Another key element to characterize this rebellion is its relationship with the broader context. In the immediate term, it is essential to point out that the anger we are seeing is to a large degree due to the disastrous response of the Trump government towards the pandemic. With more than 100,000 deaths, the pandemic exposed the enormous inequalities of the capitalist system in the United States. It demonstrated how African-American, working-class, Latinx communities are the ones that have the worst access to health care, that are most exposed to the virus, that have the worst living conditions, the highest risk jobs. So the fury against these inequalities is at the heart of this rebellion that we are witnessing. There is a common thread between the struggles that began during the pandemic and the current rebellion. A significant number of strikes developed throughout the country. They were mainly driven by essential workers, jobs in which Latinx and Black people are disproportionately represented. In Amazon, in supermarkets, in the nurses union. They announced the rise in class struggle that we are seeing today.

In terms of a more general context, it is necessary to recover the experience of the last decade. There have been important changes in the level of consciousness and in the class struggle in the US that have their origins in the crisis of 2008, and movements such as Occupy and Black Lives Matter. There has also been a process of radicalization, especially among youth, with millions who consider themselves socialists. Trump’s election further polarized and produced major mobilizations against his government. Sanders’ campaigns have been a product of this process and have also acted on it. These processes have undoubtedly overlapped with the current situation and explain much of its strength and radicality. There is an accumulated experience with the responses of the state to the demands of the mobilization, which leads them to a deeper questioning of the structure as a whole. This can only be understood in light of previous events.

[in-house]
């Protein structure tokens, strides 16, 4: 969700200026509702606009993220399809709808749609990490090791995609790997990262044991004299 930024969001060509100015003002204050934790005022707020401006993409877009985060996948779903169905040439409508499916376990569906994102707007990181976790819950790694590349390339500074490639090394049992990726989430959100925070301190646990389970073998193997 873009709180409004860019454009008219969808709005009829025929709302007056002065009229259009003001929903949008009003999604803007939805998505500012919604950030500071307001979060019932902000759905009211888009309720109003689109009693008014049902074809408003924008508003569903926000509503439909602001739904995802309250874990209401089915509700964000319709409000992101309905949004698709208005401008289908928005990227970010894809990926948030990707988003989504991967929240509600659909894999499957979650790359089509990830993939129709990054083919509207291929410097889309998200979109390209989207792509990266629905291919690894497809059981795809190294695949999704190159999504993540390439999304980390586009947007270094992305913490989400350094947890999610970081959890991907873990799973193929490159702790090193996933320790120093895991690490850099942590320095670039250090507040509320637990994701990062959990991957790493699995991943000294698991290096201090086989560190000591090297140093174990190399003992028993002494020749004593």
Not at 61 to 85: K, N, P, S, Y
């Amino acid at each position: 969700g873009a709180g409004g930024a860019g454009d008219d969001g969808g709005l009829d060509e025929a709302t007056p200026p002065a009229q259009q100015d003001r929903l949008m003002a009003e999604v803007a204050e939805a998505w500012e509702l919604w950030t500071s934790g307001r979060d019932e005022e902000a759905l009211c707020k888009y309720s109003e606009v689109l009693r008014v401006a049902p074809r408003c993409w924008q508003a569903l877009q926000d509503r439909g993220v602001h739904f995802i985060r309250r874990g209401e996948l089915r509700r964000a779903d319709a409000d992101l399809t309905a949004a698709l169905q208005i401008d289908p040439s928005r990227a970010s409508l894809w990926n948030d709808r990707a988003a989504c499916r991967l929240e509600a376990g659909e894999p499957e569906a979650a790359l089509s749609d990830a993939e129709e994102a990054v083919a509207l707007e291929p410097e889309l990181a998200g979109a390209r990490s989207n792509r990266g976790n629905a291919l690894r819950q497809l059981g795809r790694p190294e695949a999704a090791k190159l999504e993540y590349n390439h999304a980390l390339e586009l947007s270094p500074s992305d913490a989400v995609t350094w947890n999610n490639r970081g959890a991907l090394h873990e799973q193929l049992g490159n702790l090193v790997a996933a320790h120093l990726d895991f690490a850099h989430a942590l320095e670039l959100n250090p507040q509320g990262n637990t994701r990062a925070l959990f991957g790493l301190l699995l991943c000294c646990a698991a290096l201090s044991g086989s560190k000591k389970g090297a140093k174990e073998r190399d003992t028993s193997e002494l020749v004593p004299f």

The response of the state

Faced with this scenario, the state has deployed a fierce repressive policy. More than 10,000 people have been arrested since the protests began. The National Guard has been mobilized in 40 states. There have been curfews in many cities. Democratic governors and mayors have played a central role in this as they govern many of the epicenters of protest such as Minneapolis and New York.

Trump has shown himself as the president of “law and order”, being the main spokesman for a repressive solution to the crisis. He explicitly targets the left and the anti-fascist sectors, whom he has threatened to label as a terrorist organization. He also threatened to invoke the Insurrection Act that allows him to mobilize federal troops. In Washington DC, a district under federal authority, he carried out a repression that involved various federal forces.

However, for the moment this strategy has failed. It strengthened the protest, exposed Trump to harsh criticism from the international community, and the force of the mobilization fractured the unity of the bourgeois state apparatus necessary for it to be successful. Both the Secretary of Defense and prominent figures in the pentagon openly criticized Trump’s position. Renowned figures in the Republican Party such as George W. Bush, Mitt Romney, Collin Powell and others, joined the criticism of the president and some directly expressed that they will not support Trump’s re-election. Finally many of the curfews have had to be lifted, and the National Guard withdrawn from Washington. In Minneapolis, a project is underway to dismantle the local police, which, beyond its limitations, is an immense indicator of the strength of the movement.